A little over a week after entering California’s U.S. Senate race, Rep. Barbara Lee on Wednesday picked up the support of Los Angeles Mayor Karen Bass, one of the state’s most prominent and influential politicians.
Bass, a fellow Democrat who served in Congress with Lee for over a decade, endorsed her former colleague and friend in the contest to replace Sen. Dianne Feinstein, also a Democrat, who announced in February that she would retire when her current term ends in January 2025.
For the record:
7:29 p.m. March 1, 2023An earlier version of this report said that former House Speaker Nancy Pelosi endorsed Rep. Adam B. Schiff for Senate earlier this month. She endorsed him in February.
The mayor said Lee’s experience as a “progressive fighter” in Washington is what the state needs.
“I’ve seen her leadership firsthand,” Bass tweeted. “Her work in a divided government to secure billions of dollars in COVID relief for underserved communities is just one example of the type of principled and tenacious leadership she will bring” as the state’s next U.S. senator.
Bass’ endorsement in what is expected to be a hotly contested race was being watched closely following her victory in last year’s mayoral race, which elevated her to national prominence as the first woman to lead California’s largest city.
In 2020, Bass joined activists and other politicians in urging Gov. Gavin Newsom to appoint a Black woman to replace Kamala Harris, who vacated her seat representing California in the Senate after her election as vice president.
In an interview at the time with L.A.’s Fox 11 affiliate, Bass noted that without Harris, the Senate would have “one African American Democrat, one African American Republican, no African American women.”
“I do believe that there should be an African American woman in the Congress,” she said. “I feel bad for the governor. He’s in a heck of a spot. It’s a tough decision to make.”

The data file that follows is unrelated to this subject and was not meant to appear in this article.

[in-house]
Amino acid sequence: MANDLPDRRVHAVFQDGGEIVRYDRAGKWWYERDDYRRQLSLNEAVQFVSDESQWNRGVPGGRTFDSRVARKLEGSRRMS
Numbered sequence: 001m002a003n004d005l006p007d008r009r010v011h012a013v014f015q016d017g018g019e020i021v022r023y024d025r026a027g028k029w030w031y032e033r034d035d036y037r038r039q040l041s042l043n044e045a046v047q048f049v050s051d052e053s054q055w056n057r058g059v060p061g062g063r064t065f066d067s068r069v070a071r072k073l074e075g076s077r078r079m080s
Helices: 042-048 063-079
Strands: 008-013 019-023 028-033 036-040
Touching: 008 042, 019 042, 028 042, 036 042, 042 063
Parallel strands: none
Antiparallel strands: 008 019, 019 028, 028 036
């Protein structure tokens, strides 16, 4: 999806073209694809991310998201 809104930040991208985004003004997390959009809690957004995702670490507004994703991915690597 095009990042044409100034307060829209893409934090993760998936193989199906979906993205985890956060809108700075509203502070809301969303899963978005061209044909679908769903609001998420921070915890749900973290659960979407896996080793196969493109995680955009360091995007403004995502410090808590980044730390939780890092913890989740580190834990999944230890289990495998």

Newsom instead selected then-Secretary of State Alex Padilla to fill the post, making him the first Latino to represent California in the Senate, but the governor promised to appoint a Black woman if another Senate vacancy opened up.
Feinstein’s plan to remain in office through the end of her term, however, puts the decision on her successor in the hands of California voters instead of the governor.
When Bass later ran for mayor, Harris and her husband, Doug Emhoff, were a regular presence on the campaign trail. After Bass won, Harris swore the former congresswoman in as the city’s first female mayor and second Black mayor.
Former House Speaker Nancy Pelosi — who is close to Bass — endorsed Rep. Adam B. Schiff (D-Burbank) in the Senate race in February. Schiff endorsed Bass for mayor last year and campaigned by her side in the final days before November’s election.
Lee, of Oakland, trailed Schiff and their fellow House Democrat, Rep. Katie Porter of Irvine, in a recent UC Berkeley Institute of Governmental Studies poll on the Senate race. The survey, co-sponsored by The Times, was conducted after Lee indicated she would run but before she officially announced her bid.
Schiff had the support of 22% of the registered voters surveyed, compared with 20% who backed Porter and 6% who supported Lee. A majority of voters said they hadn’t made up their minds on a candidate, so the race still has plenty of room to shift before the March 2024 primary.
Lee said she was grateful for Bass’ support and excited to work with her to help people living on the edge.
“Mayor Bass’s work to serve Californians — as an Assemblywoman and Congresswoman, and now as Mayor — and to break monumental barriers while doing so, has been an inspiration to me and so many others,” Lee said. “I’m honored to have her support of my campaign.”
Lee stopped by Los Angeles City Hall last Thursday for the ceremonial swearing-in of new State Controller Malia Cohen. Standing in the rotunda lobby, she was asked about the prospects of her candidacy.
“I just launched my campaign two days ago,” she said, adding that she felt “fine” about the race.
While she has long represented part of the Bay Area, Lee noted she’s a San Fernando High School alumna, and said she’d be campaigning across the state over the next year: “I’m going for votes everywhere.”